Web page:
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Problem Statement

The current issues with the Kuali Service Bus have to do primarily with the way in which it handles fail-over, including it's behavior of marking of services as "dead".

There are various jira issues which have identified this problem:

Current Algorithm for Handling Failed Service Invocations

The current algorithm for handling failed service invocations is handled primarily inside of BusClientFailureProxy. This works as follows:

  • The process of service invocation is performed in a "do { ... } while (true);" loop
  • At the beginning of the loop, when the service is invoked via the proxy, if an exception is thrown the code checks for whether or not it is a "service removal exception"
  • A "service removal exception" is determined as follows:
    • It is an exception of one of the following types:
      1. org.apache.commons.httpclient.ConnectTimeoutException;
      2. org.apache.commons.httpclient.ConnectionPoolTimeoutException;
      3. org.apache.commons.httpclient.NoHttpResponseException;
    • OR, it is an HttpException and has one of the following codes:
      1. 404
      2. 503
  • If it is determined that the exception is a "service removal exception" then the code will ask the RemoteResourceServiceLocator to remove the service. Removing the service does the following:
    • removes the service endpoint from the list of available client-side proxies
    • mark the service endpoint as "dead" in the service registry (see below for what this means)
  • After the service has been "removed", the proxy will go back to the RemoteResourceServiceLocator and ask it to provide another endpoint with the same name.
    • Note that the bad endpoint has been removed from the list at this point, and therefore shouldn't be returned.
  • It will then re-assign the local service reference to the new service endpoint, assuming one exists
    • if a replacement service does not exist, then a message will be logged and the original exception which triggered the service failure will be thrown up the call stack.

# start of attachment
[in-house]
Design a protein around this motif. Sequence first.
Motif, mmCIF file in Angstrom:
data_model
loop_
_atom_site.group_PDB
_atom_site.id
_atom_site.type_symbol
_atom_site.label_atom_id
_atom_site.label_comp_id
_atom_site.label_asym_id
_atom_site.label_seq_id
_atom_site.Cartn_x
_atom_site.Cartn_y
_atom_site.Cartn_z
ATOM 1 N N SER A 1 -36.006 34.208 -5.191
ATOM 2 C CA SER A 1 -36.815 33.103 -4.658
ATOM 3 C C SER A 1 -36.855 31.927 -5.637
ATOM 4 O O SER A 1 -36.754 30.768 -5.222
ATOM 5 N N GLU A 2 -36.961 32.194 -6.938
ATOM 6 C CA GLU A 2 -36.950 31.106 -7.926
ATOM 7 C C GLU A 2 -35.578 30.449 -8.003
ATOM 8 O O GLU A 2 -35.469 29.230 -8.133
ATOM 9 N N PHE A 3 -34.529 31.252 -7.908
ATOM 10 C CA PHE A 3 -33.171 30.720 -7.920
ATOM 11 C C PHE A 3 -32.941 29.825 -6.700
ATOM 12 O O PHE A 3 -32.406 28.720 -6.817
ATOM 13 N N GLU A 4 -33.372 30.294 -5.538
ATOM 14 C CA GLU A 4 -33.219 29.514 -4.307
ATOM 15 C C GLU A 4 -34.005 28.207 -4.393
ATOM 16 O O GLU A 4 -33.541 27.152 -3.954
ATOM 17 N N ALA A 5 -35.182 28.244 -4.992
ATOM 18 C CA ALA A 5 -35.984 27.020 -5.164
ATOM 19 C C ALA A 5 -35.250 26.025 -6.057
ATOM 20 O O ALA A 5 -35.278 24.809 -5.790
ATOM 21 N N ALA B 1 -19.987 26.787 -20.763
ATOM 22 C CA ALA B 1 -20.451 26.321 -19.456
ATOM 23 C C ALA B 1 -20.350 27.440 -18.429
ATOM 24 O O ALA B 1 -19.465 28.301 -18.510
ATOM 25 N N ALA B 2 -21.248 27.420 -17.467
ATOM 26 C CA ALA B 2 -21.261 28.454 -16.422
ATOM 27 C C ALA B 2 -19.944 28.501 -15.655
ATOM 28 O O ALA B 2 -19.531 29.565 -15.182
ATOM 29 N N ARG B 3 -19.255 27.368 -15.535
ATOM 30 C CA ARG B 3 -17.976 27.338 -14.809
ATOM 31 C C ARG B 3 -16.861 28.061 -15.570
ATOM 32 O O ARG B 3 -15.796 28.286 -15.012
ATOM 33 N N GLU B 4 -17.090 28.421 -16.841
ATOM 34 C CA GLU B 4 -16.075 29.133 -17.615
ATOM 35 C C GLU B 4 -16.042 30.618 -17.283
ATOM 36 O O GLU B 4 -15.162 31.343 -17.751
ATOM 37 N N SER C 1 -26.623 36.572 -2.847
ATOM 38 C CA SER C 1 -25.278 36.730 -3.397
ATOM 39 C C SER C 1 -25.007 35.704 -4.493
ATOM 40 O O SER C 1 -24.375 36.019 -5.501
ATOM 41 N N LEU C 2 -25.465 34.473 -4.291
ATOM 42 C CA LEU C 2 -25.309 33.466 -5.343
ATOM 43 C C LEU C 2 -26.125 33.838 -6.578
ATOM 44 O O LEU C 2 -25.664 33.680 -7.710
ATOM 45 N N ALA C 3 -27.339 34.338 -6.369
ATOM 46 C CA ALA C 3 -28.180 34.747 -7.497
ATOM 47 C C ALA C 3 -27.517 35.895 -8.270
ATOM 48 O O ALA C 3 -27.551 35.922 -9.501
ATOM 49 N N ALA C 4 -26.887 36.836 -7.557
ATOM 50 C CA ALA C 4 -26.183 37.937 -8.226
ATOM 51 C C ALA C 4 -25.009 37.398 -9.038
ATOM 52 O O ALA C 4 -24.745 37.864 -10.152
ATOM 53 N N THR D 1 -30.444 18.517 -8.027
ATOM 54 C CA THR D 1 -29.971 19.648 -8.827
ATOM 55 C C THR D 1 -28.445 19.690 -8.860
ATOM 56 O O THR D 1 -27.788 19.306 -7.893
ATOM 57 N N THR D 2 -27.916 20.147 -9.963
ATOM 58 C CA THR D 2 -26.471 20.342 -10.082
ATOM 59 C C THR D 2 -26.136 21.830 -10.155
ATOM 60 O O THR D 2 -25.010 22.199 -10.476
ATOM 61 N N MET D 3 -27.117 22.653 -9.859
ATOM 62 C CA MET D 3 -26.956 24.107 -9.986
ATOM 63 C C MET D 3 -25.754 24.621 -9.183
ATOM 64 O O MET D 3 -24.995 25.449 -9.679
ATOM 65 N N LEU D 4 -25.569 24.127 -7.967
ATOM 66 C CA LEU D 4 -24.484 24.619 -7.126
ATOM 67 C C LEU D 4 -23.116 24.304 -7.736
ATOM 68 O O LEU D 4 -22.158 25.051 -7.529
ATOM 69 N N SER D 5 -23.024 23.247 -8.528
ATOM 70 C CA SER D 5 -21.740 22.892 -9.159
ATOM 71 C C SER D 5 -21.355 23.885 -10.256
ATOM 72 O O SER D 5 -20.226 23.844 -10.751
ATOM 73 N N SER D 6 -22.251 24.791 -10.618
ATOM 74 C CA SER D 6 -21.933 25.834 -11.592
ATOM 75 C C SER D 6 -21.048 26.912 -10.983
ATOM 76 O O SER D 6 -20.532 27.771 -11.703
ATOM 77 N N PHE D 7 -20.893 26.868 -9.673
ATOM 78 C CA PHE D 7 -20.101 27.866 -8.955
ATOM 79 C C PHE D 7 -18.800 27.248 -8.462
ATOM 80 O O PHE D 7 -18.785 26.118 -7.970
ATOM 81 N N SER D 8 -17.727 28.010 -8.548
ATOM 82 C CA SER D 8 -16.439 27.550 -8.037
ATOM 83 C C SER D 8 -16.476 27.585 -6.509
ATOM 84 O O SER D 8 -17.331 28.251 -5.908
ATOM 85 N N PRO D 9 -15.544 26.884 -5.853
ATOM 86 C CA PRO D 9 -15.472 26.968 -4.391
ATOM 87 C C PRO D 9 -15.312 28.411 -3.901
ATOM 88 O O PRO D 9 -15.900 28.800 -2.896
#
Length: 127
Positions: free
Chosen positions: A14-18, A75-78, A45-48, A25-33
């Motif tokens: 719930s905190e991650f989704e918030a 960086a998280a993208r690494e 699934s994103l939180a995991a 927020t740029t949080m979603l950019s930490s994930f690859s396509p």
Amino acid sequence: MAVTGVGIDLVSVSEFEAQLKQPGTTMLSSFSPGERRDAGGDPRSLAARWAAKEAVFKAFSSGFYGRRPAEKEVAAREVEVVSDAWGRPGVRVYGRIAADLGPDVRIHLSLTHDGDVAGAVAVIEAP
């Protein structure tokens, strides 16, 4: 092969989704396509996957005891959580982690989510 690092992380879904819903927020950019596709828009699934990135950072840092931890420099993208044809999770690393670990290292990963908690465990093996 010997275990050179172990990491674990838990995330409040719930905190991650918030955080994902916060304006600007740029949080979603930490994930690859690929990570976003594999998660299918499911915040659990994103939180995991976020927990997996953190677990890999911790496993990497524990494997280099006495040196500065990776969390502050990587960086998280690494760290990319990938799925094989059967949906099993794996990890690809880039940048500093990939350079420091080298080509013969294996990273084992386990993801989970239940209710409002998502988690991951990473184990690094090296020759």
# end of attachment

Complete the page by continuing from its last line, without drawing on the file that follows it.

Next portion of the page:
• Once the local service has been reassigned it will then loop back to the top of the "do-while" loop and try invoking the new service endpoint

What it means for a service to be marked "dead"

When a service is marked "dead" this sets the value of the SVC_ALIVE column in the KRSB_SVC_DEF_T to '0'.

Essentially, this makes the service "invisible" such that the next time that all clients update their service registries, they won't see this service and will therefore not create a client-side proxy to it.

The only way to make the service active again is to republish it. This will happen automatically whenever the application which was hosting the service comes back online. Or, if the application was online the whole time and the service was marked dead in error (see some of the scenarios discussed in the next section) the next time that application syncs it's client-side services with the bus the SVC_ALIVE column will get updated back to '1'.

Problems with the current service bus implementation

  1. The BusClientFailover proxy caches a reference to a single service endpoint for a given service name. When it performs the "failover" action, it does not reassign the target service on the proxy, it only reassigns the service for the scope of the current invocation. Because of this behavior, client applications which "cache" their reference to the service will have the following issues:
    1. They will always invoke the exact same endpoint of the service, even if more than one is available (see above)
    2. If the endpoint they are bound to has problems (triggering fail-over), then their service calls will always hit the bad endpoint first before failing over.
  2. It shouldn't be a client application's decision to mark a service as "dead".
    • Just because a single client application can't access the service, it doesn't mean that other clients can't